Great Men and Regular Men

One and all, great leaders are far more careful than most men in dealing with people.  They take precautions which lesser men neglect. They know that only through other people is it possible to succeed.

            Whenever we stop for a second to consider the difficulties we may be facing, our success and setbacks, we will find other people at the root of most of these difficulties.  Pay close attention that I mentioned setbacks AND successes.  It is no accident that Charles Schwab was considered to be America’s greatest salesman and built of one of the biggest steel companies in the world.  Similarly, Theodore Roosevelt was known for his congenial manner and his ability to make whomever he was talking to seem as important as he was for the moment. Henry Ford had an understanding for the needs and wishes of the crowd, as well as the individual.  There is an art to influencing people and if you wish to get anywhere in life, it may be high time for you to learn it.

Most of the time we see successful business people and successful people in general acting upon what we might consider being an innate understanding of what’s going on around them.  We see them make almost magical moves and sometimes it seems as if everything they touch turns to gold.  Steve Jobs, Walt Disney, and Bill Gates come to mind.  Of course, they all worked as hard as they could and they were prepared for whatever lucky break came their way, but lots of people do that on a daily basis. What is it that really helps catapult a person into the next level or dimension of success?  Most of the time, these men are utilizing sound psychological principles which they themselves cannot even put into words.  It is no accident that we see the assistants’ of those people we truly consider to be successful go on to achieve great things as well.  If you want to learn about music you take music lessons and taking them from a Master is all the more important. Those assistants; witness day after day their bosses overcome almost insurmountable difficulties by getting people to like them.  They learn how to “question and answer well” by watching the success of it in action.

While it may seem silly, Theodore Roosevelt had an uncanny knack of being able to influence people and lead them because he, like many others, took the time to listen to them.  Here was a man who had enjoyed high adventure and had the capability to hold an audience in absolute awe regaling them with his many wondrous tales.  But Roosevelt knew that to be a President his connection with people must go much further than just an admiration of the things he had done. At one particular dinner, on a campaign trip in Omaha, following his return from a hunting trip in Africa in 1912 we find a particularly fitting description of how he did this. At this dinner, he asks a close friend to tell him about a group of individuals across the table from him.  After he has learned what each one is proud of, what he likes and what their interests are, Roosevelt now has a topic of conversation for each man at the table.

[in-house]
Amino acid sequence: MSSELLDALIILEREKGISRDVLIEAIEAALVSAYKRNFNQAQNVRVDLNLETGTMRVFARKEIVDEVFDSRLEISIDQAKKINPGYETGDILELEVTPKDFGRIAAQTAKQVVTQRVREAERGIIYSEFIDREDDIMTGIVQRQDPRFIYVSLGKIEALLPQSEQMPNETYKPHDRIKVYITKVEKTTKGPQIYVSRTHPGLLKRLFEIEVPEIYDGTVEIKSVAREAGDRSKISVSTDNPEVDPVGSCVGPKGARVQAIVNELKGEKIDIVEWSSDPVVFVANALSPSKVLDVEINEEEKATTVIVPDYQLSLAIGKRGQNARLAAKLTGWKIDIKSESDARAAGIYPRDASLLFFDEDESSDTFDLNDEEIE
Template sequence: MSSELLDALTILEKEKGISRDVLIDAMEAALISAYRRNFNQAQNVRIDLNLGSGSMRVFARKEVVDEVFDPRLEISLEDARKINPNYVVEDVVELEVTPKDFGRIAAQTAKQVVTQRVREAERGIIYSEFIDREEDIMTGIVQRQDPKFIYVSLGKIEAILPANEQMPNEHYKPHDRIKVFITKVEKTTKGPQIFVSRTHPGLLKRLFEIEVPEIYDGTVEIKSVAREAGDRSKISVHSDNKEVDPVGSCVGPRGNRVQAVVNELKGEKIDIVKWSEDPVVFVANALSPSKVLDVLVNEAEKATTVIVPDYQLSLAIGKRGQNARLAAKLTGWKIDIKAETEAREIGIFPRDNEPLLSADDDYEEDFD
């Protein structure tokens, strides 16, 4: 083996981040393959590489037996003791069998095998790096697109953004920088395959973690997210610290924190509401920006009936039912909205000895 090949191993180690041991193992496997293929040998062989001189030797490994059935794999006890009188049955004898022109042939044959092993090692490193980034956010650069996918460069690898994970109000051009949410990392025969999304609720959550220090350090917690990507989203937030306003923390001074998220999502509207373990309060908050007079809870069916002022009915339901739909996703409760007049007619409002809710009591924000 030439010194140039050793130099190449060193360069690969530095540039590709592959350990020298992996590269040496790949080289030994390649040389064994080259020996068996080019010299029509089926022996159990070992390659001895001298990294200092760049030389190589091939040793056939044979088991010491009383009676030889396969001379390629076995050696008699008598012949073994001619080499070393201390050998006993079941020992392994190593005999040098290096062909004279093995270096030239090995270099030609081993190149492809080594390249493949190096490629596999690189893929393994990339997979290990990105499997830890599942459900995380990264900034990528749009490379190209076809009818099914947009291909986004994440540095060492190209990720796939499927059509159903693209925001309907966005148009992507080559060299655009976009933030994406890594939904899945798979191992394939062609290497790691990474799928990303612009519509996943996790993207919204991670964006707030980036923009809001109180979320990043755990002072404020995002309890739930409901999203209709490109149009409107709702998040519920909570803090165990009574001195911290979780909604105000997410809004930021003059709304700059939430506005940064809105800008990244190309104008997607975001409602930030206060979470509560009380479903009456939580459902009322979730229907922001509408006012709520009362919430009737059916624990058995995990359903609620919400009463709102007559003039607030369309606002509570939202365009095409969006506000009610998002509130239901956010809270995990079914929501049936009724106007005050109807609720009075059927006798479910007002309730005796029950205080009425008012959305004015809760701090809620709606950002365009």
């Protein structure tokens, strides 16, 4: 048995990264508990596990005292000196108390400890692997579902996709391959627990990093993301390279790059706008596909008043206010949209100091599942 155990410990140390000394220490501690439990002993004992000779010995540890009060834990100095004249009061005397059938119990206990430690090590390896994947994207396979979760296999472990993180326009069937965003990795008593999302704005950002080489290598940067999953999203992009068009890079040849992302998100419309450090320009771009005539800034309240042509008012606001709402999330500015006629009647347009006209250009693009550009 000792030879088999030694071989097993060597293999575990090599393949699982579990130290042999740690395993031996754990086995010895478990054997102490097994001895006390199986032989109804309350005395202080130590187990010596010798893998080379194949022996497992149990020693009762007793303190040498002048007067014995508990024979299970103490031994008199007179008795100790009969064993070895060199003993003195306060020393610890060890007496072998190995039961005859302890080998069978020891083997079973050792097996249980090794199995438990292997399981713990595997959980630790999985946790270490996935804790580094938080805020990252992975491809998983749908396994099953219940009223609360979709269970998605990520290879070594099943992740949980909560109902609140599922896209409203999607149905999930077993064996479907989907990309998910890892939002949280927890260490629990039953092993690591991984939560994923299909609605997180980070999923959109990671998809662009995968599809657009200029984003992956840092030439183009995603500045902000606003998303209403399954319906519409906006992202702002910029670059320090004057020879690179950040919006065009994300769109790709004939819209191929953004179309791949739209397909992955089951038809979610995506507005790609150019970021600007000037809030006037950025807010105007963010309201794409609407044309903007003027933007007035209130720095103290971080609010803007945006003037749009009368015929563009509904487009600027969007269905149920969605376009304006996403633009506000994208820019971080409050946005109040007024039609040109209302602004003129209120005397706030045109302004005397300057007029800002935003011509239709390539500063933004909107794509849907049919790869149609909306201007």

Asatru has a built device for such occurrences.  We call it Sumbel. It is a wonderful ceremony that allows us to connect. Our ability to connect and communicate effectively is at the heart of our ability to become successful.  How many times have you seen the most competent and educated man NOT get the job or the work he has been so diligently trying for?  How many times has it happened to you?  All of the preparation and study and learning we need to do for this outline to be successful in your life requires that you use it in order to connect with people.  Connecting with people may also require one to realize that they are not the most important person in the room, but given the right frame of mind and a willingness to set your ego aside, you will be surprised just how fast you can become one of the most important people in any room.

At a recent Winter nights celebration, I began to notice groups of 6 – 10 people forming little clicks all on their own, each one slightly set apart from the other.  All of them wished to be known or to make new friends but as I spent my time walking between each group, I began to think that perhaps a formal blot might not be the thing I wanted to use to help build a community.  So we formed up to enjoy a sumbel.  As we passed the horn around, instead of asking the questions we needed too so as to get to know the other person, lo and behold they began to give it away to the group as a whole.  Each person found something in common with the next person and we all sat in a large group for the rest of the night.  Fast friendships were made that night that are still in good standing today.  Our community was given a chance to grow because I stepped aside from roles that I and others considered to be important in leading the blot in order that others may have a chance to express themselves.  We each found out a little about the other in those solemn rounds.  In the presence of what we consider divine, we allowed ourselves to reaffirm the idea that each of us is important enough to allow the other man to be who he is supposed to be.